I like thoughtful writing-- the kind where a true intellectual looks at current events through the lens of more than just politically or policy-motivated mumbo-jumbo. This is the main reason why David Brooks of the New York Times has become one of my favorite columnists, whether or not I agree with his opinions. His columns are reliably rational, moderate arguments-- despite the fact that his opinions do on occasion draw some fire for their unique brand of idealism. But really, what is a column for but to express the writer's opinion on the way they see the world and the way they think it ought to be?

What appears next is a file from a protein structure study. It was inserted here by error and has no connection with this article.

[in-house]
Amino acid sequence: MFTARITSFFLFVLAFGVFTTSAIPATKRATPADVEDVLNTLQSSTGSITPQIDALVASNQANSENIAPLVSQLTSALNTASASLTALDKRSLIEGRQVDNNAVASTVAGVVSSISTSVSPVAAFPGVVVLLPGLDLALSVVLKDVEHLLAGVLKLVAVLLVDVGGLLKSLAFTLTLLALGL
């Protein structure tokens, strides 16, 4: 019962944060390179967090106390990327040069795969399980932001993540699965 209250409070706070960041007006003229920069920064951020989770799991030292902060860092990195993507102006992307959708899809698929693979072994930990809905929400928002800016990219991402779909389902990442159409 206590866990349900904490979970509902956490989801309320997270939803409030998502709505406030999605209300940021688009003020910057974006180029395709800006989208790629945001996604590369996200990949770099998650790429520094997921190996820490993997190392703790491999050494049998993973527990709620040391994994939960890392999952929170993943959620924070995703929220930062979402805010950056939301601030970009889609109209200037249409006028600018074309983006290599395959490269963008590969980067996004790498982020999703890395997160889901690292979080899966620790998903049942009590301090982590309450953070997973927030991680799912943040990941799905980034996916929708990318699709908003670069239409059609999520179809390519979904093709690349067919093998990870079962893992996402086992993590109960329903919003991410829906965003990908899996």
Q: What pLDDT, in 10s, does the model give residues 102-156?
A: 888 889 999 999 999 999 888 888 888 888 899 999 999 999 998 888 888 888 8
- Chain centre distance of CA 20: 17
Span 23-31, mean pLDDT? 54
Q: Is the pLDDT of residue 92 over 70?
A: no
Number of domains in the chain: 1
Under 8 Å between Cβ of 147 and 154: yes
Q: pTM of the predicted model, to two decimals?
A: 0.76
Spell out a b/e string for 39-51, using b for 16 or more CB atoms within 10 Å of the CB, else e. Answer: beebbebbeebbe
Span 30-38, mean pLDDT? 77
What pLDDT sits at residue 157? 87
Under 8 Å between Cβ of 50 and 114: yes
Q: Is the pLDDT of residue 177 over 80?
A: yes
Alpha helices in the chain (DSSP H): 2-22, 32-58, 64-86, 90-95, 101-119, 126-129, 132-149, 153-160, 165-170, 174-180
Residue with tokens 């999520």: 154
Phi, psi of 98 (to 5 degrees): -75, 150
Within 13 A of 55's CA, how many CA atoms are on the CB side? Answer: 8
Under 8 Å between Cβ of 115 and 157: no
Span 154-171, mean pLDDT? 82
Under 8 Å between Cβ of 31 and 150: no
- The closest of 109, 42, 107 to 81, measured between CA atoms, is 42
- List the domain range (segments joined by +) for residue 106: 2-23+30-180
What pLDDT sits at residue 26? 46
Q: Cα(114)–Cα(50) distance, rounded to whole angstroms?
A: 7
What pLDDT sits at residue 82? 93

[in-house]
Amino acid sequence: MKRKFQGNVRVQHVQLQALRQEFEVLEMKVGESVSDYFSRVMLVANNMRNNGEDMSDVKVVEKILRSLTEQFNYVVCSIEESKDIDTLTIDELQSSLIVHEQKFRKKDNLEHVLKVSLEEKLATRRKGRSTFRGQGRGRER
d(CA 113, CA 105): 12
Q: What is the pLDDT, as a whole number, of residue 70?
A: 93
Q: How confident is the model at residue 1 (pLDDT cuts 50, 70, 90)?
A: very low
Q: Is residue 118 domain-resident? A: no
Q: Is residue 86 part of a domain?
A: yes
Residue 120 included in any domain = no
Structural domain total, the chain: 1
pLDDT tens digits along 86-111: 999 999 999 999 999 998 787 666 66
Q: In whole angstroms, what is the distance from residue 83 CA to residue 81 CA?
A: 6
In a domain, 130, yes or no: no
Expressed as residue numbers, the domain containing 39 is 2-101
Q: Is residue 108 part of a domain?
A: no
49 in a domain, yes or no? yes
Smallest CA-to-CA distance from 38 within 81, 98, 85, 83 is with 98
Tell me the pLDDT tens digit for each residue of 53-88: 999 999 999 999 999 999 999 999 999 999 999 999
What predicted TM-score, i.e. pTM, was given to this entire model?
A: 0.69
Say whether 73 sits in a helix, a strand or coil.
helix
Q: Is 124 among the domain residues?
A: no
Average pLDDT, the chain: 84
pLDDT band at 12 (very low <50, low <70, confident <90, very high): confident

Today Mr. Brooks had an especially thoughtful column about the real ramifications of the oil spill-- namely, how it reflects the way we think about technology. We put a great deal of trust in very risky devices, and create overly complex governance systems to manage them, he argues. Mr. Brooks also cited an excellent 1996 piece by bestselling author Malcolm Gladwell (of The Tipping Point, Blink, and Outliers), written around the tenth anniversary of the Challenger explosion. Whether or not you agree, the pieces are well-written and bear some contemplation as we consider how to move forward with recovery from this massive environmental disaster.